This article titled “Number of rough sleepers in England rises for sixth successive year” was written by Patrick Butler Social policy editor, for theguardian.com on Wednesday 25th January 2017 10.11 UTC
The number of people sleeping rough in England has risen for the sixth year in a row, according to the latest official figures.
An estimated 4,134 people bedded down outside in 2016, according to the snapshot estimate, an increase of 16% on the previous year’s figure of 3,569, and more than double the 2010 figure.
London accounted for 23% of the England total (960), down slightly from 26% the previous year, with the borough of Westminster (260 cases) recording the highest number of rough sleepers in both the capital and the country.
After Westminster, the highest incidences of rough sleeping were recorded in Brighton and Hove (144), Cornwall (99), Manchester (78), Luton (76), Bristol (74), Croydon (68), Redbridge (60), Bedford (59) and Birmingham (55).
Jon Sparkes, the chief executive of homelessness charity Crisis, said: “The number of people sleeping on our streets continues to rise at an appalling rate. Behind these statistics are thousands of desperate people, sleeping in doorways, bin shelters, stations and parks – anywhere they can find to stay safe and escape the elements.
“Rough sleeping ruins lives, leaving people vulnerable to violence and abuse, and taking a dreadful toll on their mental and physical health. Our recent research has shown how rough sleepers are 17 times more likely to be victims of violence. This is no way for anyone to live.”
The rough sleeping statistics come amid rising concern around rising homelessness in England, fuelled by insecure tenancies and rising rents, benefit cuts and shortages of affordable housing in many parts of the country.
There are also fears that widespread local authority cuts to housing support for vulnerable tenants will increase the numbers of people forced to sleep rough.
The government is supporting a private member’s bill, which will oblige councils to make reasonable attempts to prevent residents becoming homeless. However, charities and local authorities have questioned whether government funding of £48m over three years to help implement the bill is sufficient.
UK nationals made up the biggest share of the total rough-sleeping figure, with 17% from EU states. Women made up 12% of rough sleepers. People under 25 accounted for 7% of the total.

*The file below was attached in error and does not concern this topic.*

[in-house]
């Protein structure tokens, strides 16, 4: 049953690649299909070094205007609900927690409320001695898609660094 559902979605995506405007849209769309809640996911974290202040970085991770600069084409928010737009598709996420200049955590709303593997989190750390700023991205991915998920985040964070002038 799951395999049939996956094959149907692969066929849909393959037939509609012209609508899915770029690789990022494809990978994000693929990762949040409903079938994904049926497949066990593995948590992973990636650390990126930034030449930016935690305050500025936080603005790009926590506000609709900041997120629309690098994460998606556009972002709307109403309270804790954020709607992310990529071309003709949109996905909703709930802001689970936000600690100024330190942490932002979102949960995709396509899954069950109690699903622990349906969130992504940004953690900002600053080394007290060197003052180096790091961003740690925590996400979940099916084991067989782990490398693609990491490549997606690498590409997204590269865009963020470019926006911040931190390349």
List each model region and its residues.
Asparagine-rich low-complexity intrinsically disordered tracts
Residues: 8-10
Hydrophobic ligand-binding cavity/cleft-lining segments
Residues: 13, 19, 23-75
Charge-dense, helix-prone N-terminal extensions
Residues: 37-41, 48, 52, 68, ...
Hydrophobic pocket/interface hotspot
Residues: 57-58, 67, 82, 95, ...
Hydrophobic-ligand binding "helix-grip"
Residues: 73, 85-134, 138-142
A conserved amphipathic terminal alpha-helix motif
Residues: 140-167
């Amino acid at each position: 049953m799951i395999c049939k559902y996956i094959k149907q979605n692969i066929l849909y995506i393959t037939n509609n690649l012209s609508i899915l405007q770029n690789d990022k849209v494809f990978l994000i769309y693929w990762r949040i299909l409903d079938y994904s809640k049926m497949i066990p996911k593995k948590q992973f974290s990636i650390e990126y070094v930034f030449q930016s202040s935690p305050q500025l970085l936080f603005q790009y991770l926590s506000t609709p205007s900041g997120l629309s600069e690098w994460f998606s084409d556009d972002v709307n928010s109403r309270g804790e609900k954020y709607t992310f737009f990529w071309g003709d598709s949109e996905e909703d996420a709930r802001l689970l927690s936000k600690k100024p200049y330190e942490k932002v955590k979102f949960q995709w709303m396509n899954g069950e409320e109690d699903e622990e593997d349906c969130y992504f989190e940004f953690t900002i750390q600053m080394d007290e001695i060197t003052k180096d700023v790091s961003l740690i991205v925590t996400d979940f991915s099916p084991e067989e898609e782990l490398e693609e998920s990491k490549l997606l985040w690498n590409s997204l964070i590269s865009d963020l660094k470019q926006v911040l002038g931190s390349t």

Rough sleepers are defined for the purposes of official counts as people sleeping, about to bed down or bedded down on the street, in doorways, parks, tents, bus shelters, cars, barns, sheds and other places not designed for habitation.
It does not include people in hostels or shelters or formal temporary accommodation. The housing charity Shelter has estimated that more than 250,000 people in England are homeless or lack a permanent place to live.
Many campaigners believe that the official rough sleeper figures are most likely an underestimate. The separate Chain database, which records the numbers of people in London seen rough sleeping by outreach workers, last June reported 8,096 rough sleepers in the capital in 2015-16.
The robustness of official government rough sleeper figures was questioned just over a year ago by the UK Statistics Authority (UKSA). It ruled that they lacked “trustworthiness”, were vulnerable to political manipulation, and did not meet the quality standard to be national statistics.
The UKSA noted that the statistics were based on either a single one-night snapshot “count” of rough sleeping in a particular council area, or an estimate based on intelligence supplied by local charities, police and homelessness outreach teams.
The latest statistical release shows that 47 out of 326 councils in England conducted rough sleeping counts (reporting 28% of the rough sleeper total) and 279 relied on estimates, accounting for 2,997 rough sleepers (28%).
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